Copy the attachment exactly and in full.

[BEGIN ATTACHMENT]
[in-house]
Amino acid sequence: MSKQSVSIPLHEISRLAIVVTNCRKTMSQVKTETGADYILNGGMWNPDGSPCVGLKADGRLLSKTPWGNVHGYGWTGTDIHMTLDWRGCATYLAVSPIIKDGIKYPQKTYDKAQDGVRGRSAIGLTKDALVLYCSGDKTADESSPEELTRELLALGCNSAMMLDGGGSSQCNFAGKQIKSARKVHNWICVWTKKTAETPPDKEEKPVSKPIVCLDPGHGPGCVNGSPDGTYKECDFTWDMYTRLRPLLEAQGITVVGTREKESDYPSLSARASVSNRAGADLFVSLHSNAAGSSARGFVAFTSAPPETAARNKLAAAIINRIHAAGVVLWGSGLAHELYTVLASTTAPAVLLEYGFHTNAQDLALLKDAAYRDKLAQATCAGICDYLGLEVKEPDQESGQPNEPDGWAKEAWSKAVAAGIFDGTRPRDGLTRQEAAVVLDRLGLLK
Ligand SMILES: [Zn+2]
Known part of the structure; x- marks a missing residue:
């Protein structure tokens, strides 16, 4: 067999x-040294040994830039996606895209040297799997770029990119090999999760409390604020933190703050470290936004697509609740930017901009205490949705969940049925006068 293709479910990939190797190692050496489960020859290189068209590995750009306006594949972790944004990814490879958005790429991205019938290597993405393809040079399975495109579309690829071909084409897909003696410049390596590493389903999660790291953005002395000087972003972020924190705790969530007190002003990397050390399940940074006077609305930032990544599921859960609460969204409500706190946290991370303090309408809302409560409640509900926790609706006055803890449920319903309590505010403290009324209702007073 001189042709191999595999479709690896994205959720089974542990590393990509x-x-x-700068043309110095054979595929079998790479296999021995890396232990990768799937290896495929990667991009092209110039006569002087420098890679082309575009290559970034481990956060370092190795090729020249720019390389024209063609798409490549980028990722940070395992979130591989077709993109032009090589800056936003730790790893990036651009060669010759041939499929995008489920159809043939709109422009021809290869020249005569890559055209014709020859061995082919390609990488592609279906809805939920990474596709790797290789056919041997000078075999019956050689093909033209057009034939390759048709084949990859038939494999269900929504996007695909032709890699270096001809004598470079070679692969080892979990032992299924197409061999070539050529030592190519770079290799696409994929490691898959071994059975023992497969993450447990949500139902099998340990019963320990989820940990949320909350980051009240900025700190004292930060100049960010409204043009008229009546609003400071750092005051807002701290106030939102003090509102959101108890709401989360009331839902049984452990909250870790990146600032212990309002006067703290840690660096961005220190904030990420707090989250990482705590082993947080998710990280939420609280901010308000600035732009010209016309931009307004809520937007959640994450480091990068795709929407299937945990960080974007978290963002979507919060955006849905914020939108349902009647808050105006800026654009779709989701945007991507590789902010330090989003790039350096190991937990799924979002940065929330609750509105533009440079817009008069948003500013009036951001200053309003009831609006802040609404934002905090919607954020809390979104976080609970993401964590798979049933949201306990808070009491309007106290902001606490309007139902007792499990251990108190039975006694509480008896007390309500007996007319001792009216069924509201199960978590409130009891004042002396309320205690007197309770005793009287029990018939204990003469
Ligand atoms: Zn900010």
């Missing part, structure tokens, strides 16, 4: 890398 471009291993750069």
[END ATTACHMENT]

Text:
[in-house]
Amino acid sequence: MSKQSVSIPLHEISRLAIVVTNCRKTMSQVKTETGADYILNGGMWNPDGSPCVGLKADGRLLSKTPWGNVHGYGWTGTDIHMTLDWRGCATYLAVSPIIKDGIKYPQKTYDKAQDGVRGRSAIGLTKDALVLYCSGDKTADESSPEELTRELLALGCNSAMMLDGGGSSQCNFAGKQIKSARKVHNWICVWTKKTAETPPDKEEKPVSKPIVCLDPGHGPGCVNGSPDGTYKECDFTWDMYTRLRPLLEAQGITVVGTREKESDYPSLSARASVSNRAGADLFVSLHSNAAGSSARGFVAFTSAPPETAARNKLAAAIINRIHAAGVVLWGSGLAHELYTVLASTTAPAVLLEYGFHTNAQDLALLKDAAYRDKLAQATCAGICDYLGLEVKEPDQESGQPNEPDGWAKEAWSKAVAAGIFDGTRPRDGLTRQEAAVVLDRLGLLK
Ligand SMILES: [Zn+2]
Known part of the structure; x- marks a missing residue:
């Protein structure tokens, strides 16, 4: 067999x-040294040994830039996606895209040297799997770029990119090999999760409390604020933190703050470290936004697509609740930017901009205490949705969940049925006068 293709479910990939190797190692050496489960020859290189068209590995750009306006594949972790944004990814490879958005790429991205019938290597993405393809040079399975495109579309690829071909084409897909003696410049390596590493389903999660790291953005002395000087972003972020924190705790969530007190002003990397050390399940940074006077609305930032990544599921859960609460969204409500706190946290991370303090309408809302409560409640509900926790609706006055803890449920319903309590505010403290009324209702007073 001189042709191999595999479709690896994205959720089974542990590393990509x-x-x-700068043309110095054979595929079998790479296999021995890396232990990768799937290896495929990667991009092209110039006569002087420098890679082309575009290559970034481990956060370092190795090729020249720019390389024209063609798409490549980028990722940070395992979130591989077709993109032009090589800056936003730790790893990036651009060669010759041939499929995008489920159809043939709109422009021809290869020249005569890559055209014709020859061995082919390609990488592609279906809805939920990474596709790797290789056919041997000078075999019956050689093909033209057009034939390759048709084949990859038939494999269900929504996007695909032709890699270096001809004598470079070679692969080892979990032992299924197409061999070539050529030592190519770079290799696409994929490691898959071994059975023992497969993450447990949500139902099998340990019963320990989820940990949320909350980051009240900025700190004292930060100049960010409204043009008229009546609003400071750092005051807002701290106030939102003090509102959101108890709401989360009331839902049984452990909250870790990146600032212990309002006067703290840690660096961005220190904030990420707090989250990482705590082993947080998710990280939420609280901010308000600035732009010209016309931009307004809520937007959640994450480091990068795709929407299937945990960080974007978290963002979507919060955006849905914020939108349902009647808050105006800026654009779709989701945007991507590789902010330090989003790039350096190991937990799924979002940065929330609750509105533009440079817009008069948003500013009036951001200053309003009831609006802040609404934002905090919607954020809390979104976080609970993401964590798979049933949201306990808070009491309007106290902001606490309007139902007792499990251990108190039975006694509480008896007390309500007996007319001792009216069924509201199960978590409130009891004042002396309320205690007197309770005793009287029990018939204990003469
Ligand atoms: Zn900010």
């Missing part, structure tokens, strides 16, 4: 890398 471009291993750069």